Tenants evicted in Albany, Troy, Rochester
Evictions have resumed in several cities in upstate New York, including Albany, Troy, and Rochester. In Rochester, where two-thirds of the about 205,000 residents are renters, judges had issued 100 eviction warrants as of Dec. 4, according to Allison Dentinger, an organizer for the City-Wide Tenant Union of Rochester. Sixty-five were for nonpayment and 35 “holdovers,” generally owners refusing to renew the leases of tenants who complain about lack of repairs.
They are happening quickly and aggressively, she says. On Dec. 8, a tenant reported that a city marshal had climbed into through the window of his home to change the locks after he refused to answer the door. In another case, the landlord changed the locks in a woman’s apartment while she was in the hospital with a heart attack, claiming that she’d “abandoned” the unit – which Dentinger says is illegal.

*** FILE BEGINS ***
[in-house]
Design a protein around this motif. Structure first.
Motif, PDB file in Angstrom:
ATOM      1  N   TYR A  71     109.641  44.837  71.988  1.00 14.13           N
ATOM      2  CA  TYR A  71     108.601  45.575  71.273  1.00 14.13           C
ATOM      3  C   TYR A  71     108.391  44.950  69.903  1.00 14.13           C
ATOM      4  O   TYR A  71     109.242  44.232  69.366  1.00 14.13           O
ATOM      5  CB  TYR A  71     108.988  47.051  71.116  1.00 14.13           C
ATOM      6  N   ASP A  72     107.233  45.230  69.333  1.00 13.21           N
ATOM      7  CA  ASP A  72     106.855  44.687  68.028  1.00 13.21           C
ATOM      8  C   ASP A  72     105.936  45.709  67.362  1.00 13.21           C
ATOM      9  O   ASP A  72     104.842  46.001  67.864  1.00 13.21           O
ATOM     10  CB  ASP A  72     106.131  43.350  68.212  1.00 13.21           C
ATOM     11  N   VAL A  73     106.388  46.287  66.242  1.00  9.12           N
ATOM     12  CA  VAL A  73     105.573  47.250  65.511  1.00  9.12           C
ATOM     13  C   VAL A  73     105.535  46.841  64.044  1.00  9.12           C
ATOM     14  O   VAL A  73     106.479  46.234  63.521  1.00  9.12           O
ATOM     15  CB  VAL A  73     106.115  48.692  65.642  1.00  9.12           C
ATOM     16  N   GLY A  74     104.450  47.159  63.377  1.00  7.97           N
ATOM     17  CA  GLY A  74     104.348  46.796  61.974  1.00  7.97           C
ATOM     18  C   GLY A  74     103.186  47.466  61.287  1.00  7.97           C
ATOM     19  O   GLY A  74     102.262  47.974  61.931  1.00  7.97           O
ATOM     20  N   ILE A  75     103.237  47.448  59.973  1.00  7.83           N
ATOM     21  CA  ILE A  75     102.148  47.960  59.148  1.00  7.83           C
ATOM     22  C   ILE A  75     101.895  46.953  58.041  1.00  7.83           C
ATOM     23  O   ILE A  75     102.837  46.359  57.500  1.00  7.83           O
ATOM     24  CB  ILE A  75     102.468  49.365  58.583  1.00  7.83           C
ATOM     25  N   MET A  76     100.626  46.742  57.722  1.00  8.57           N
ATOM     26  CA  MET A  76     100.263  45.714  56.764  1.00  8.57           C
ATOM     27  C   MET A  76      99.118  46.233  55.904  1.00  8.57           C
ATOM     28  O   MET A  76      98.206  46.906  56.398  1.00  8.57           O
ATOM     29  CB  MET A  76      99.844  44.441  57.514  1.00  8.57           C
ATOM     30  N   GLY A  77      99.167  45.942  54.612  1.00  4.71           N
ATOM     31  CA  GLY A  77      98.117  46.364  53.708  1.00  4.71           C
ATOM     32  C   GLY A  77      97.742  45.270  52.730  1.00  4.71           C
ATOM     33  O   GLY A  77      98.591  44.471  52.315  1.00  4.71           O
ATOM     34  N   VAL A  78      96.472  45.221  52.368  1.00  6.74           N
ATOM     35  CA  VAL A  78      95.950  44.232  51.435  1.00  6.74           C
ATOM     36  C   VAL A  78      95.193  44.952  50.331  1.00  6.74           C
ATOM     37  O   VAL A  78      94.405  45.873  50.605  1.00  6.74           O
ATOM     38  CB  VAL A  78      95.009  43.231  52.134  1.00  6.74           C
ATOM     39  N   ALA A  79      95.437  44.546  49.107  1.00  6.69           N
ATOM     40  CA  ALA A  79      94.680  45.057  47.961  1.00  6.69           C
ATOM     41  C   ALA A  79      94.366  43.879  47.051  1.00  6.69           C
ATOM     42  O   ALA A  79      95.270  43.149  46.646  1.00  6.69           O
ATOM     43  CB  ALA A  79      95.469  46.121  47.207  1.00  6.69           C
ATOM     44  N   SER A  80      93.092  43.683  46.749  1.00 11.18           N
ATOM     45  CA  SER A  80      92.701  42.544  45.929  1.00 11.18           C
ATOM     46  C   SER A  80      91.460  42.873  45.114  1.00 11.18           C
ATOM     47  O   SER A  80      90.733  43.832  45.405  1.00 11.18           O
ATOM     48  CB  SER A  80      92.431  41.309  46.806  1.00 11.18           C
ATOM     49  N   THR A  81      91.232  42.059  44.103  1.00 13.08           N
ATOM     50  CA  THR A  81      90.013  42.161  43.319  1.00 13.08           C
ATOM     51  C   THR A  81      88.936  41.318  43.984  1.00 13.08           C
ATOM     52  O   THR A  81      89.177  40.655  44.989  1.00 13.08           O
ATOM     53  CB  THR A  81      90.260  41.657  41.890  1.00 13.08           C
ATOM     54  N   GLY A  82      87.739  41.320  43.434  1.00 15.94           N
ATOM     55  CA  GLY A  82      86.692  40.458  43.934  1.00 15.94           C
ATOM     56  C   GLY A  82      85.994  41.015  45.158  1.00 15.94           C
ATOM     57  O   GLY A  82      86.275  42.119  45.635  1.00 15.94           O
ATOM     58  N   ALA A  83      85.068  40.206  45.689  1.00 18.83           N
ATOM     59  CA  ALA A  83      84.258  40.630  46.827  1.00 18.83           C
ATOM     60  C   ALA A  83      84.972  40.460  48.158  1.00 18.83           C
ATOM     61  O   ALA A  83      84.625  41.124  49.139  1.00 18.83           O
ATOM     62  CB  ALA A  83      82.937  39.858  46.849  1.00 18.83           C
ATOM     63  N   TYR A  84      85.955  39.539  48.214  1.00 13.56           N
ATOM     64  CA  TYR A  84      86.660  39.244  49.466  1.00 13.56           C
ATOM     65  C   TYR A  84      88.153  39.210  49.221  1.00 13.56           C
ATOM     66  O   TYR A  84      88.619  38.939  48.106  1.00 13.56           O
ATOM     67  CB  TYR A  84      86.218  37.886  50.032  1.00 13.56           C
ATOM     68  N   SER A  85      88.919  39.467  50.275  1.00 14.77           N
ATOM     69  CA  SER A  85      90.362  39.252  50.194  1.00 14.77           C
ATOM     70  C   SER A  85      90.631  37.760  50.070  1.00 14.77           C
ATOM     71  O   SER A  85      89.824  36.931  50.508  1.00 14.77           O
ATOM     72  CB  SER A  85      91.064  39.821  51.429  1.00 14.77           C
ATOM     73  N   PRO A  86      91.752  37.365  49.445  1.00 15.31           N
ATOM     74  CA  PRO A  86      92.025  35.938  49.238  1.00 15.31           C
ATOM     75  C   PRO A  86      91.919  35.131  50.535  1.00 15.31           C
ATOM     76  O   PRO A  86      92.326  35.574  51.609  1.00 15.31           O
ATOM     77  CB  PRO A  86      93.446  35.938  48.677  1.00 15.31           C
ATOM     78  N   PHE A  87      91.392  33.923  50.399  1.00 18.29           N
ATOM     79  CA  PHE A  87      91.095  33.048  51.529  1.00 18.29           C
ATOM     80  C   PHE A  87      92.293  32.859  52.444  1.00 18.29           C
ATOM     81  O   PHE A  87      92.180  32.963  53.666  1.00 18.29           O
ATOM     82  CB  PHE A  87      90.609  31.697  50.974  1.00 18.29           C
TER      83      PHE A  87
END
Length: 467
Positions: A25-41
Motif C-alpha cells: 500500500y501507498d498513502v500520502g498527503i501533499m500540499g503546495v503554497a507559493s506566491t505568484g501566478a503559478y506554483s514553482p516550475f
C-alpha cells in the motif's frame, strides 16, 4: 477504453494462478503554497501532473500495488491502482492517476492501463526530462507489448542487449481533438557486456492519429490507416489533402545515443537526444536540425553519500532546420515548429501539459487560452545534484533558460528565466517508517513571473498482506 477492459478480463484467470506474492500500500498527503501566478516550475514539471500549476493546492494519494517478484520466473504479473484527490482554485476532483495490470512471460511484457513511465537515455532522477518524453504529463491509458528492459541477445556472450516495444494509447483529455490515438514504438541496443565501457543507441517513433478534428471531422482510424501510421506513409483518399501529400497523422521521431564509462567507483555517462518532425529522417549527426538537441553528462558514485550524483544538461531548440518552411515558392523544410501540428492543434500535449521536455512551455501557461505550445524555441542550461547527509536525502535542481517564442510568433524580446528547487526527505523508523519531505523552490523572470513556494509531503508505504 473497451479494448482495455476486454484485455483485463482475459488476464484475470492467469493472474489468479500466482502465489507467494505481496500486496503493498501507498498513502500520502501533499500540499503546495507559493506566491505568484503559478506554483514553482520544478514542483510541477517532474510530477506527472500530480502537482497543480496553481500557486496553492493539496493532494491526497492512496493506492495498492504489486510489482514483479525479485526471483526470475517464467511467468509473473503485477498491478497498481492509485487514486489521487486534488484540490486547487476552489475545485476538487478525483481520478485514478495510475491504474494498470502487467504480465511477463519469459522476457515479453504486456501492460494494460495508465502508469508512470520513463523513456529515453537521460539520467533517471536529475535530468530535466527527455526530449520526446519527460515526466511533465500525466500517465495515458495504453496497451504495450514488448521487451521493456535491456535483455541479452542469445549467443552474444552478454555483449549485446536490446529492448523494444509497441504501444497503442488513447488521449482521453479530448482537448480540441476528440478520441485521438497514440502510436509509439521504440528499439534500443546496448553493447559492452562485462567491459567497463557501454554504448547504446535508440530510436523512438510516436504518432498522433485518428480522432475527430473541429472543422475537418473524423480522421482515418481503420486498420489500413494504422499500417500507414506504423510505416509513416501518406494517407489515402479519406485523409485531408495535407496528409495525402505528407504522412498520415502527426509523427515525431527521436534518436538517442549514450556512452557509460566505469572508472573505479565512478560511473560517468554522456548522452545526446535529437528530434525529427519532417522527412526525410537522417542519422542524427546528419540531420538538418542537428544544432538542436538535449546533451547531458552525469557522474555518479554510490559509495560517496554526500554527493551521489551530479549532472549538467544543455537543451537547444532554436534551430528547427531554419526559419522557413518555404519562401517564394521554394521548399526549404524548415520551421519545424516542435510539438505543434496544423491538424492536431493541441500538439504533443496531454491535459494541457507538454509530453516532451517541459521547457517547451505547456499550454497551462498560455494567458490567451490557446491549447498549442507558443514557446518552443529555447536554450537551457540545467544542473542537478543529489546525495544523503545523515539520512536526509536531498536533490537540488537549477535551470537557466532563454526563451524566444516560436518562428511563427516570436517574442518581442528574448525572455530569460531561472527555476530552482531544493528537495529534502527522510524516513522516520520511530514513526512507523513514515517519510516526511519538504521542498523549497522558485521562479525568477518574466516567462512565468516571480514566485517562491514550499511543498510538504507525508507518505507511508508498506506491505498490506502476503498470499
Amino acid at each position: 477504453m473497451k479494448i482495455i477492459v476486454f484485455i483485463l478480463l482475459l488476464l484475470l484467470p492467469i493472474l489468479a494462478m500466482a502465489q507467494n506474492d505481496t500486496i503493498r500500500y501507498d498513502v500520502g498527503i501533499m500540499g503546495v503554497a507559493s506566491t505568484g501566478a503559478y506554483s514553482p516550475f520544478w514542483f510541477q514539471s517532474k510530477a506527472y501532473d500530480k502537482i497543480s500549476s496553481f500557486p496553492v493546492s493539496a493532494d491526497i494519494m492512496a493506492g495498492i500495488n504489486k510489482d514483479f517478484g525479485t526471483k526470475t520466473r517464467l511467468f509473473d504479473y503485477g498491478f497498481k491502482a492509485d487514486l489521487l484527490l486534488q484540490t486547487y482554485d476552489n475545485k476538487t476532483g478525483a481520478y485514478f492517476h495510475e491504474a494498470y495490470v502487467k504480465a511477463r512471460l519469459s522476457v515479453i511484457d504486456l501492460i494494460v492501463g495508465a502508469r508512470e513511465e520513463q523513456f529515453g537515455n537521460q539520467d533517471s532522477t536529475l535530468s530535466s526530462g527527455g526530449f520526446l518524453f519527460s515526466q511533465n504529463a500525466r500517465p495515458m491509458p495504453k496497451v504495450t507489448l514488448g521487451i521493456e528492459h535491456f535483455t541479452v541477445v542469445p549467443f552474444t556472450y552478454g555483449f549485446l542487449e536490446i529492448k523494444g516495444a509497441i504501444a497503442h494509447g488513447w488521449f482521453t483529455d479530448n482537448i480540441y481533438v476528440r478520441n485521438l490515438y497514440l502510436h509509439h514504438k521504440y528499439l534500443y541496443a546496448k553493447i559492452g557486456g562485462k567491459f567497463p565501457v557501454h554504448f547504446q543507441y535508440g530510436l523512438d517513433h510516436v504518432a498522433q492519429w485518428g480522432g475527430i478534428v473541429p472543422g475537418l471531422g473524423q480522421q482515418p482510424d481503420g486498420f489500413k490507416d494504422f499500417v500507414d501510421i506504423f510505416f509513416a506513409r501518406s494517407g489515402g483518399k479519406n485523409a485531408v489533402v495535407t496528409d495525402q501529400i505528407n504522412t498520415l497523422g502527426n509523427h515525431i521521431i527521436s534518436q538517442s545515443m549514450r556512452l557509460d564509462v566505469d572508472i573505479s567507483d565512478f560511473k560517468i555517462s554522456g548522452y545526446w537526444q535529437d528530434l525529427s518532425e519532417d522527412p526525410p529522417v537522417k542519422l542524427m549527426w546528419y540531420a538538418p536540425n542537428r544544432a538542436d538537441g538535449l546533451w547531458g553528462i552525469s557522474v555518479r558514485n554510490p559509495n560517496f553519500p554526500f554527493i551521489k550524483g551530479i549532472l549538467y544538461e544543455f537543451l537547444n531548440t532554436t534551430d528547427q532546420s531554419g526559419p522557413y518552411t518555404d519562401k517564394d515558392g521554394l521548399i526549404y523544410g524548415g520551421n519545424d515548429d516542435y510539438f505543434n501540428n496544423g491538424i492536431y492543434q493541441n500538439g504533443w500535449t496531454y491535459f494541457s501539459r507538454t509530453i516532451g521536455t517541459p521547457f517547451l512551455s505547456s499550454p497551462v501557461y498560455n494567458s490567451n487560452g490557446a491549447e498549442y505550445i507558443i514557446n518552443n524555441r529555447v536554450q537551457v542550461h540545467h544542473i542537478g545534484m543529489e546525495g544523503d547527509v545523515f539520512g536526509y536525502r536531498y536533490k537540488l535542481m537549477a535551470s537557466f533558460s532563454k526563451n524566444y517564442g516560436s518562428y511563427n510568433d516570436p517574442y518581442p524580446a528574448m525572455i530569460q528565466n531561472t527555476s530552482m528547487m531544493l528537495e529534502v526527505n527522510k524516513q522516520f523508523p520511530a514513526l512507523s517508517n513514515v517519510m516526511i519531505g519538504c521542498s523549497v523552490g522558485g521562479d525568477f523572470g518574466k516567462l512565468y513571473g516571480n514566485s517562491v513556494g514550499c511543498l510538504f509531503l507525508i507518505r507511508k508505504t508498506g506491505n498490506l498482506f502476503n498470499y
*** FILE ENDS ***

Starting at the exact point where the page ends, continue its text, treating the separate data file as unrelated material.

It’s sort of the Wild West up here. There’s very little accountability.Allison Dentinger, City-Wide Tenant Union, Rochester
In mid-November, a quickly organized blockade—“we alerted everybody”— stopped city marshals from evicting a single father who’d lost his job in the pandemic. A judge had ruled he wasn’t covered by the CDC moratorium because he’d been on rent strike when the pandemic hit. The landlord had refused to accept government rental-assistance payments.
That was a victory, but “an individual solution to a systemic problem,” Dentinger says. “We need to cancel rent and mortgage payments, house our homeless, and pause all evictions immediately.”
Bills to do all three have been introduced in the New York State Legislature, and Dentinger hopes it makes them a priority when it returns. Those, along with just-cause evictions and helping small landlords avoid foreclosure, are common threads in tenant groups’ legal and legislative agitation around the nation.